7-6-00

Sections 16.9 - 16.10

A conductor is in electrostatic equilibrium when the charge distribution (the way the charge is distributed over the conductor) is fixed. Basically, when you charge a conductor the charge spreads itself out. At equilibrium, the charge and electric field follow these guidelines:

- the excess charge lies only at the surface of the conductor
- the electric field is zero within the solid part of the conductor
- the electric field at the surface of the conductor is perpendicular to the surface
- charge accumulates, and the field is strongest, on pointy parts of the conductor

Let's see if we can explain these things. Consider a negatively-charged conductor; in other words, a conductor with an excess of electrons. The excess electrons repel each other, so they want to get as far away from each other as possible. To do this they move to the surface of the conductor. They also distribute themselves so the electric field inside the conductor is zero. If the field wasn't zero, any electrons that are free to move would. There are plenty of free electrons inside the conductor (they're the ones that are canceling out the positive charge from all the protons) and they don't move, so the field must be zero.

A similar argument explains why the field at the surface of the conductor is perpendicular to the surface. If it wasn't, there would be a component of the field along the surface. A charge experiencing that field would move along the surface in response to that field, which is inconsistent with the conductor being in equilibrium.

Why does charge pile up at the pointy ends of a conductor? Consider two conductors, one in the shape of a circle and one in the shape of a line. Charges are distributed uniformly along both conductors. With the circular shape, each charge has no net force on it, because there is the same amount of charge on either side of it and it is uniformly distributed. The circular conductor is in equilibrium, as far as its charge distribution is concerned.

With the line, on the other hand, a uniform distribution does not correspond to equilbrium. If you look at the second charge from the left on the line, for example, there is just one charge to its left and several on the right. This charge would experience a force to the left, pushing it down towards the end. For charge distributed along a line, the equilibrium distribution would look more like this:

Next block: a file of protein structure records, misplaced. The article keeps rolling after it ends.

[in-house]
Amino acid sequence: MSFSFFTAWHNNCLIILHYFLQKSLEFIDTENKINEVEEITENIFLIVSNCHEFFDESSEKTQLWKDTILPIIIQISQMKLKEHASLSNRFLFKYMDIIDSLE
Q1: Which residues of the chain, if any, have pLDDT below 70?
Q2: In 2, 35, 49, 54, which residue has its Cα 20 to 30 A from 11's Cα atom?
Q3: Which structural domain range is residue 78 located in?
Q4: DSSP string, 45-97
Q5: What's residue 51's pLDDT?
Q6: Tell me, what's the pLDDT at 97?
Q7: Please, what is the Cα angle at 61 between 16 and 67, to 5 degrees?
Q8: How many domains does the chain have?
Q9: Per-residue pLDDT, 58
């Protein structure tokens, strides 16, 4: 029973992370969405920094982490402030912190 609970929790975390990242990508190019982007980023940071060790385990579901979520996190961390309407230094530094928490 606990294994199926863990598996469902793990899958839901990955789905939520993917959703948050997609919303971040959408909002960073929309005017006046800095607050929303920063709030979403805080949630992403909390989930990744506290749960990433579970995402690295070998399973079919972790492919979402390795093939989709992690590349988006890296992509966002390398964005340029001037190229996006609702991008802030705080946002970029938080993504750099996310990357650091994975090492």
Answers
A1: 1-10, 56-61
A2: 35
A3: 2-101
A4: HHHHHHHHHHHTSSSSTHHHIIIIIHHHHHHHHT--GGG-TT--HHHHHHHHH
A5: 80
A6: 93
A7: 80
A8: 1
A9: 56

The charge accumulates at the pointy ends because that balances the forces on each charge.

A clever way to calculate the electric field from a charged conductor is to use Gauss' Law, which is explained in Appendix D in the textbook. Gauss' Law can be tricky to apply, though, so we won't get into that. What we will do is to look at some implications of Gauss' Law. It's also a good time to introduce the concept of flux. This is important for deriving electric fields with Gauss' Law, which you will NOT be responsible for; where it'll really help us out is when we get to magnetism, when we do magnetic flux.

Electric flux is a measure of the number of electric field lines passing through an area. To calculate the flux through a particular surface, multiply the surface area by the component of the electric field perpendicular to the surface. If the electric field is parallel to the surface, no field lines pass through the surface and the flux will be zero. The maximum flux occurs when the field is perpendicular to the surface.

Even though we won't use this for anything, we should at least write down Gauss' law:

Gauss' Law - the sum of the electric flux through a surface is equal to the charge enclosed by a surface divided by a constant , the permittivity of free space.

What is the permittivity of free space? It's a constant related to the constant k that appears in Coulomb's law. The relationship between the two is this:

Gauss' Law is a powerful method of calculating electric fields. If you have a solid conducting sphere (e.g., a metal ball) that has a net charge Q on it, you know all the excess charge lies on the outside of the sphere. Gauss' law tells us that the electric field inside the sphere is zero, and the electric field outside the sphere is the same as the field from a point charge with a net charge of Q. That's a pretty neat result.

The result for the sphere applies whether it's solid or hollow. Let's look at the hollow sphere, and make it more interesting by adding a point charge at the center.

What does the electric field look like around this charge inside the hollow sphere? How is the negative charge distributed on the hollow sphere? To find the answers, keep these things in mind:

- The electric field must be zero inside the solid part of the sphere
- Outside the solid part of the sphere, you can find the net electric field by adding, as vectors, the electric field from the point charge alone and from the sphere alone

We know that the electric field from the point charge is given by kq / r^{2}. Because the charge is positive, the field points away from the charge.

If we took the point charge out of the sphere, the field from the negative charge on the sphere would be zero inside the sphere, and given by kQ / r^{2} outside the sphere.

The net electric field with the point charge and the charged sphere, then, is the sum of the fields from the point charge alone and from the sphere alone (except inside the solid part of the sphere, where the field must be zero). This is shown in the picture:

How is the charge distributed on the sphere? The electrons must distribute themselves so the field is zero in the solid part. This means there must be -5 microcoulombs of charge on the inner surface, to stop all the field lines from the +5 microcoulomb point charge. There must then be +2 microcoulombs of charge on the outer surface of the sphere, to give a net charge of -5+2 = -3 microcoulombs.